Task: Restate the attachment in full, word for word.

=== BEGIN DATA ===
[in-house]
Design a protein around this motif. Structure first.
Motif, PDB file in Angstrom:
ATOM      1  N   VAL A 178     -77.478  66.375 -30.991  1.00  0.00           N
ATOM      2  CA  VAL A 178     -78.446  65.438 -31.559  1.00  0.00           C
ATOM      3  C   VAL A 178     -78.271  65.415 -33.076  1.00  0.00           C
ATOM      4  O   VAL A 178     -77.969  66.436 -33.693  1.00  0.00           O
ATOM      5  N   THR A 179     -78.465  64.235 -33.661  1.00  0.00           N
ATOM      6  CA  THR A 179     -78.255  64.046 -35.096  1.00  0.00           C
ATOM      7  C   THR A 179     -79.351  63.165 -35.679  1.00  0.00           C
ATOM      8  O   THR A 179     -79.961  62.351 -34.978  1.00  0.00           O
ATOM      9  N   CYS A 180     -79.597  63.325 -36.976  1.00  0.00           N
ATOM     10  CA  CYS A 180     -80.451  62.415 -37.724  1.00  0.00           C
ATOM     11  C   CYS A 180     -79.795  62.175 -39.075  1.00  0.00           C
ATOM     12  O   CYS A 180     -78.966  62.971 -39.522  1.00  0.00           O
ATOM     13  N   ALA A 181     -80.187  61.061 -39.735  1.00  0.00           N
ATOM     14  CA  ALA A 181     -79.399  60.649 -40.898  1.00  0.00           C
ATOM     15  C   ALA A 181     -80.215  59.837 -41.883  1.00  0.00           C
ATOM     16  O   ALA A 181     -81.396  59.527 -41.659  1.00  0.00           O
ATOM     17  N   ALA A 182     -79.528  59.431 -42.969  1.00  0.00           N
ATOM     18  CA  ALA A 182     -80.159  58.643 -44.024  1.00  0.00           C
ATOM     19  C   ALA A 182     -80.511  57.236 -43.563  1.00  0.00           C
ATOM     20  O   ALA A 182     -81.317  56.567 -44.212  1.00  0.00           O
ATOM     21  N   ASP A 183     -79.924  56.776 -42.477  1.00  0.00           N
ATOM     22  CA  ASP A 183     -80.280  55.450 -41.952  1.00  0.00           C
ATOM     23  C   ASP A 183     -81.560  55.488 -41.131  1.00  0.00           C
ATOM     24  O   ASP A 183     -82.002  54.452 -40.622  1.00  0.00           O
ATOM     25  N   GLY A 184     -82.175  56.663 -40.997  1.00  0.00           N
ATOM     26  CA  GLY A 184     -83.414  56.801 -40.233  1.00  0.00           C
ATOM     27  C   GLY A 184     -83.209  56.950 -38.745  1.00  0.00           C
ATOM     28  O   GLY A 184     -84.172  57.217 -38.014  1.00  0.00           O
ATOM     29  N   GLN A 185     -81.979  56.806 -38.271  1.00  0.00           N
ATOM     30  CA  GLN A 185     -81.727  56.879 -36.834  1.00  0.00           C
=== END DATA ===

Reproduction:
[in-house]
Design a protein around this motif. Structure first.
Motif, PDB file in Angstrom:
ATOM      1  N   VAL A 178     -77.478  66.375 -30.991  1.00  0.00           N
ATOM      2  CA  VAL A 178     -78.446  65.438 -31.559  1.00  0.00           C
ATOM      3  C   VAL A 178     -78.271  65.415 -33.076  1.00  0.00           C
ATOM      4  O   VAL A 178     -77.969  66.436 -33.693  1.00  0.00           O
ATOM      5  N   THR A 179     -78.465  64.235 -33.661  1.00  0.00           N
ATOM      6  CA  THR A 179     -78.255  64.046 -35.096  1.00  0.00           C
ATOM      7  C   THR A 179     -79.351  63.165 -35.679  1.00  0.00           C
ATOM      8  O   THR A 179     -79.961  62.351 -34.978  1.00  0.00           O
ATOM      9  N   CYS A 180     -79.597  63.325 -36.976  1.00  0.00           N
ATOM     10  CA  CYS A 180     -80.451  62.415 -37.724  1.00  0.00           C
ATOM     11  C   CYS A 180     -79.795  62.175 -39.075  1.00  0.00           C
ATOM     12  O   CYS A 180     -78.966  62.971 -39.522  1.00  0.00           O
ATOM     13  N   ALA A 181     -80.187  61.061 -39.735  1.00  0.00           N
ATOM     14  CA  ALA A 181     -79.399  60.649 -40.898  1.00  0.00           C
ATOM     15  C   ALA A 181     -80.215  59.837 -41.883  1.00  0.00           C
ATOM     16  O   ALA A 181     -81.396  59.527 -41.659  1.00  0.00           O
ATOM     17  N   ALA A 182     -79.528  59.431 -42.969  1.00  0.00           N
ATOM     18  CA  ALA A 182     -80.159  58.643 -44.024  1.00  0.00           C
ATOM     19  C   ALA A 182     -80.511  57.236 -43.563  1.00  0.00           C
ATOM     20  O   ALA A 182     -81.317  56.567 -44.212  1.00  0.00           O
ATOM     21  N   ASP A 183     -79.924  56.776 -42.477  1.00  0.00           N
ATOM     22  CA  ASP A 183     -80.280  55.450 -41.952  1.00  0.00           C
ATOM     23  C   ASP A 183     -81.560  55.488 -41.131  1.00  0.00           C
ATOM     24  O   ASP A 183     -82.002  54.452 -40.622  1.00  0.00           O
ATOM     25  N   GLY A 184     -82.175  56.663 -40.997  1.00  0.00           N
ATOM     26  CA  GLY A 184     -83.414  56.801 -40.233  1.00  0.00           C
ATOM     27  C   GLY A 184     -83.209  56.950 -38.745  1.00  0.00           C
ATOM     28  O   GLY A 184     -84.172  57.217 -38.014  1.00  0.00           O
ATOM     29  N   GLN A 185     -81.979  56.806 -38.271  1.00  0.00           N
ATOM     30  CA  GLN A 185     -81.727  56.879 -36.834  1.00  0.00           C